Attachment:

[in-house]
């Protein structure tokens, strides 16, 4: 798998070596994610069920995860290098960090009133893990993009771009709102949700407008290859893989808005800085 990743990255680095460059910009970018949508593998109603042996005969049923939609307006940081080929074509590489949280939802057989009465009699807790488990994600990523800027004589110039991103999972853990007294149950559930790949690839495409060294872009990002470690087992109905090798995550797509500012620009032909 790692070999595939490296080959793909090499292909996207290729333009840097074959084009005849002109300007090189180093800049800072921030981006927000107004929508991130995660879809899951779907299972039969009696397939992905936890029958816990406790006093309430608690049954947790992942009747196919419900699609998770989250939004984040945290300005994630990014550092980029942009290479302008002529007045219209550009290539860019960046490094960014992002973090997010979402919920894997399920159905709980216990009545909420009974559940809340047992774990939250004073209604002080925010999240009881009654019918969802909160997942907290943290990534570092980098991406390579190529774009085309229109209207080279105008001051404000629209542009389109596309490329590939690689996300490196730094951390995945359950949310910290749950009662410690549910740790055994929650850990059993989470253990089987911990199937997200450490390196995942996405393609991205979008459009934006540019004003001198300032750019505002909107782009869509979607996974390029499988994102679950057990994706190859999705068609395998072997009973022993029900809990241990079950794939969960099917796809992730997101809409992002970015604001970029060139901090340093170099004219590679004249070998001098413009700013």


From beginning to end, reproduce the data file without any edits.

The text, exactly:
[in-house]
């Protein structure tokens, strides 16, 4: 798998070596994610069920995860290098960090009133893990993009771009709102949700407008290859893989808005800085 990743990255680095460059910009970018949508593998109603042996005969049923939609307006940081080929074509590489949280939802057989009465009699807790488990994600990523800027004589110039991103999972853990007294149950559930790949690839495409060294872009990002470690087992109905090798995550797509500012620009032909 790692070999595939490296080959793909090499292909996207290729333009840097074959084009005849002109300007090189180093800049800072921030981006927000107004929508991130995660879809899951779907299972039969009696397939992905936890029958816990406790006093309430608690049954947790992942009747196919419900699609998770989250939004984040945290300005994630990014550092980029942009290479302008002529007045219209550009290539860019960046490094960014992002973090997010979402919920894997399920159905709980216990009545909420009974559940809340047992774990939250004073209604002080925010999240009881009654019918969802909160997942907290943290990534570092980098991406390579190529774009085309229109209207080279105008001051404000629209542009389109596309490329590939690689996300490196730094951390995945359950949310910290749950009662410690549910740790055994929650850990059993989470253990089987911990199937997200450490390196995942996405393609991205979008459009934006540019004003001198300032750019505002909107782009869509979607996974390029499988994102679950057990994706190859999705068609395998072997009973022993029900809990241990079950794939969960099917796809992730997101809409992002970015604001970029060139901090340093170099004219590679004249070998001098413009700013």